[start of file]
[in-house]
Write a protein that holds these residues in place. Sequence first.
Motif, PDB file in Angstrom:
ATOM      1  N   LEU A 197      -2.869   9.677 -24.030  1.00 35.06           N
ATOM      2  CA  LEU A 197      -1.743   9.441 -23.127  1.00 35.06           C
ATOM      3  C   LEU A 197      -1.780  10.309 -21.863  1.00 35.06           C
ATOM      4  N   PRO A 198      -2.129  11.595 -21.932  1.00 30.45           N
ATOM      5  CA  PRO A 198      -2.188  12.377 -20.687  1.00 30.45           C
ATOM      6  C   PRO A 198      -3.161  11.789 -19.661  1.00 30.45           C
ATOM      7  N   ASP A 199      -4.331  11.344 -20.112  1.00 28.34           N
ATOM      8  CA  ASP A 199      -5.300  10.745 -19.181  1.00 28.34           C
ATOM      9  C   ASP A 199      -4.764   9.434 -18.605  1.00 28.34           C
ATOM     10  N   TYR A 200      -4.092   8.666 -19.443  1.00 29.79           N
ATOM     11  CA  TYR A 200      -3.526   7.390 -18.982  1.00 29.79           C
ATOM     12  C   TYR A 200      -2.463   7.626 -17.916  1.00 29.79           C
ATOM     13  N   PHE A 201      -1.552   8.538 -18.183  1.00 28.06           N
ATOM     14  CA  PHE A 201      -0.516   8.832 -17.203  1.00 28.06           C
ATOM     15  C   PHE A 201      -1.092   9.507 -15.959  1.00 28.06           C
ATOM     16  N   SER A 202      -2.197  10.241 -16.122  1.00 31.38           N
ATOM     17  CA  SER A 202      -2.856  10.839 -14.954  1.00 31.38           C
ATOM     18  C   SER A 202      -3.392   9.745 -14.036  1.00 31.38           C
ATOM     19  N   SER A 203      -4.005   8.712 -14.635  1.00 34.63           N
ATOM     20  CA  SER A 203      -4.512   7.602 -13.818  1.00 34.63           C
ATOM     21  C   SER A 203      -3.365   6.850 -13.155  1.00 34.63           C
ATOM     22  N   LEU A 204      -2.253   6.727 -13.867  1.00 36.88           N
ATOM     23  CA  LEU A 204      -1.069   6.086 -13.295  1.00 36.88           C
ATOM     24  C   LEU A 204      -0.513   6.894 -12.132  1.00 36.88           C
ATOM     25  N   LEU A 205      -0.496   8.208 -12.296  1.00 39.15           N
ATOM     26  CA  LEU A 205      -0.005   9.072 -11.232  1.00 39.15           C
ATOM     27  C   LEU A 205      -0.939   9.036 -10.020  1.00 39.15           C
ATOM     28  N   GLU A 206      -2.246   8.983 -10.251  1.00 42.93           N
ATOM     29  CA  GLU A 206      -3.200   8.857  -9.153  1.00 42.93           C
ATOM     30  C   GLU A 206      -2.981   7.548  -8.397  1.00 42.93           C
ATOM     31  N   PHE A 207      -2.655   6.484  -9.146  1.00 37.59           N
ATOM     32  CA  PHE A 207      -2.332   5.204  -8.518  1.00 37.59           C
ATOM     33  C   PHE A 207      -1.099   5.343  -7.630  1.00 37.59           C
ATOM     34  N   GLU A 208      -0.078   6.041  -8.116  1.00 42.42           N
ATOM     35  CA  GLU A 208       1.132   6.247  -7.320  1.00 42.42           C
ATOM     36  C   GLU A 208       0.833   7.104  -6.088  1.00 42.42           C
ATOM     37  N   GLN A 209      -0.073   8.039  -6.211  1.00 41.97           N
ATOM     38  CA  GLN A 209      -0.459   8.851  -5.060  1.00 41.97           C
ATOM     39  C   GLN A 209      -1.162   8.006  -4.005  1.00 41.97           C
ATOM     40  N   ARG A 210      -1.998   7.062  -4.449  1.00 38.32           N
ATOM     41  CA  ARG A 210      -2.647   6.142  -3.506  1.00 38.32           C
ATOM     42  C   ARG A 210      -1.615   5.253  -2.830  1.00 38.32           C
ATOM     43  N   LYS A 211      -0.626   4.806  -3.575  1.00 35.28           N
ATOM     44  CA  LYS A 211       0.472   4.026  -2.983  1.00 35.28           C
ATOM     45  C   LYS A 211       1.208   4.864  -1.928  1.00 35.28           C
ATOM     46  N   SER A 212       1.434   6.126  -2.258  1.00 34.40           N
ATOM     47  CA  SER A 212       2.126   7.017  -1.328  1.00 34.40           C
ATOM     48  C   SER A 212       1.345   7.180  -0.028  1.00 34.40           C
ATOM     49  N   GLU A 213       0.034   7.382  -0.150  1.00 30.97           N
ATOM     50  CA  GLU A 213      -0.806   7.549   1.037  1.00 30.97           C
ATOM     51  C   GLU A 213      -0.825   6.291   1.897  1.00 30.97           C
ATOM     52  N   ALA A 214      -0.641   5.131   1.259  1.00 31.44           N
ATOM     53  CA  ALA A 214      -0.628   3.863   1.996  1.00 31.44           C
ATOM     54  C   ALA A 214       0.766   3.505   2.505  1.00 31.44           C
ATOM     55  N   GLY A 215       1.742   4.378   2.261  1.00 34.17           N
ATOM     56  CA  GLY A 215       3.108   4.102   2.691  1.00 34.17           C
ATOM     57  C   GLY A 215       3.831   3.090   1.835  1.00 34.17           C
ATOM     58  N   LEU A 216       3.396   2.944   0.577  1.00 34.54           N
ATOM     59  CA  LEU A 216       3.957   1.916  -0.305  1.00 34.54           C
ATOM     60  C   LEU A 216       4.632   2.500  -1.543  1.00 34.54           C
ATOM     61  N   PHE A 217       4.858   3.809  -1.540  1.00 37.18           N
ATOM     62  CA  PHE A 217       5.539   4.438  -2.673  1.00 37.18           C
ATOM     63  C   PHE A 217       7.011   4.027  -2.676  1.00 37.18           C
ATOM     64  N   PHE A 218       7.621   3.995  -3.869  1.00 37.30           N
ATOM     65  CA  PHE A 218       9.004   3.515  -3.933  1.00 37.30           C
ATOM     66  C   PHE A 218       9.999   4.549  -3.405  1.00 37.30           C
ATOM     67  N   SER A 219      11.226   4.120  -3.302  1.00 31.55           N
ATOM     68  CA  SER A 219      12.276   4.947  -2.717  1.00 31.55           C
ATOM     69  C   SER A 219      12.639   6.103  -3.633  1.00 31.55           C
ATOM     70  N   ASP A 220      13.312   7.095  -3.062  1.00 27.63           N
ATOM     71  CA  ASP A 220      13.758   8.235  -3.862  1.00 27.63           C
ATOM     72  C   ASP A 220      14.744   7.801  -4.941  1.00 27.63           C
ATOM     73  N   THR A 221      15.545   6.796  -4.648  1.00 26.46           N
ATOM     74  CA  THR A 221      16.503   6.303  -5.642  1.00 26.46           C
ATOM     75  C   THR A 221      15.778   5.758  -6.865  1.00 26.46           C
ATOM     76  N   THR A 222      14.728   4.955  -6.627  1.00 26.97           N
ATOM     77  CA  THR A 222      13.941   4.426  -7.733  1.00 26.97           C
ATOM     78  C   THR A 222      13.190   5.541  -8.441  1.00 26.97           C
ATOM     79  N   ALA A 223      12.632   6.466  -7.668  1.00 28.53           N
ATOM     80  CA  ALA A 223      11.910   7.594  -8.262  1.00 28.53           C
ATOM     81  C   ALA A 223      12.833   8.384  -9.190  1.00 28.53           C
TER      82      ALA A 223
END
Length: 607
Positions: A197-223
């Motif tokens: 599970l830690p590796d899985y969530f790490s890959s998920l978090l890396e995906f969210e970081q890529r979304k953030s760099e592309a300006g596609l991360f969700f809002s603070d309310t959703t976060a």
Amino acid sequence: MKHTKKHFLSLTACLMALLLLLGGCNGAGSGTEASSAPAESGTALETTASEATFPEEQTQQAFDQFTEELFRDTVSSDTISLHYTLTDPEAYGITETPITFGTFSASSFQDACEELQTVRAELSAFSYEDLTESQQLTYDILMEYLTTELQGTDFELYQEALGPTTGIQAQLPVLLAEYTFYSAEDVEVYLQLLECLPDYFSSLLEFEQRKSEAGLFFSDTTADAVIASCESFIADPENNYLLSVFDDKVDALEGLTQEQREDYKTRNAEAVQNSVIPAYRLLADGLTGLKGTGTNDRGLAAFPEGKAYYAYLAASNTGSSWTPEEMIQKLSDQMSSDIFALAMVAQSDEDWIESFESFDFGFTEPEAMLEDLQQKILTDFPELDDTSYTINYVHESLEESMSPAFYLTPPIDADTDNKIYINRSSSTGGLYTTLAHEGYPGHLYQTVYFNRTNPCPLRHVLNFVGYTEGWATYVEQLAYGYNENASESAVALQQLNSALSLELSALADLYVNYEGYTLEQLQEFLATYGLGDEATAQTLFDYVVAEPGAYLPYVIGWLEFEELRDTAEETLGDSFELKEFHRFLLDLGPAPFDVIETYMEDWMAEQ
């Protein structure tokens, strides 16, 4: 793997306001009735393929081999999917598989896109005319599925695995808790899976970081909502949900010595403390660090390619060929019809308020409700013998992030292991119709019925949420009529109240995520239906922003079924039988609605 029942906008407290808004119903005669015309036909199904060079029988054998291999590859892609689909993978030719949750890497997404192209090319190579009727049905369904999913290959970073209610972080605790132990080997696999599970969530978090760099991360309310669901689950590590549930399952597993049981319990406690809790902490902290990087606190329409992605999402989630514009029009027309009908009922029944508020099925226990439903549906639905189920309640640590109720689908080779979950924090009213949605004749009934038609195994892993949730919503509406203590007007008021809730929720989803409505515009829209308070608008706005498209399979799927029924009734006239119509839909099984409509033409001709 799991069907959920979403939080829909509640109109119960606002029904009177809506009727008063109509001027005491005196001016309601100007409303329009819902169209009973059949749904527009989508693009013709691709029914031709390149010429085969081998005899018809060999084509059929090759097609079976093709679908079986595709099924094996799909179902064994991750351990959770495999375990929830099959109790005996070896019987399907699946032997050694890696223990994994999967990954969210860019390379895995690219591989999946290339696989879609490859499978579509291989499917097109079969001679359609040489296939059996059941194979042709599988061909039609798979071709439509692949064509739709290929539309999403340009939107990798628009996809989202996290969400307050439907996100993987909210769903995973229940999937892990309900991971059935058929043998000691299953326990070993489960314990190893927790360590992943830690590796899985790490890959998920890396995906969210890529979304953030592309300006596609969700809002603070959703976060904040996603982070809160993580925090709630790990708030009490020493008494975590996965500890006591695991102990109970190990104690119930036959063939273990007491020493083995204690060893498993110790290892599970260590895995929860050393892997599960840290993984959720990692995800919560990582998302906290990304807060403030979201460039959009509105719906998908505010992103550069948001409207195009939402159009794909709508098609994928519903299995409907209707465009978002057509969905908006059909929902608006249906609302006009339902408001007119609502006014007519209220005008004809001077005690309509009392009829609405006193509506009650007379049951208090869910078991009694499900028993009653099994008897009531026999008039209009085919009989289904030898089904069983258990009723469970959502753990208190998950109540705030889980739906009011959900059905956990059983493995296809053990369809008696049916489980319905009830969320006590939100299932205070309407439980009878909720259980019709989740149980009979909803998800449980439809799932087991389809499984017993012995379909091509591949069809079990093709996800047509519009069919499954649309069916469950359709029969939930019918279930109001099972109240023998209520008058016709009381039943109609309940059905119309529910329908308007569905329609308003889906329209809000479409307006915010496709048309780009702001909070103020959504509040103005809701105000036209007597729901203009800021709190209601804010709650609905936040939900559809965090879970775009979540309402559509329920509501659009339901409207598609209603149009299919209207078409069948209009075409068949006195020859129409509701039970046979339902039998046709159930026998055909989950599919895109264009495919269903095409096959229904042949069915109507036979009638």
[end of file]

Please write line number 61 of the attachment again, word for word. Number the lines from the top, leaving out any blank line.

ATOM     58  N   LEU A 216       3.396   2.944   0.577  1.00 34.54           N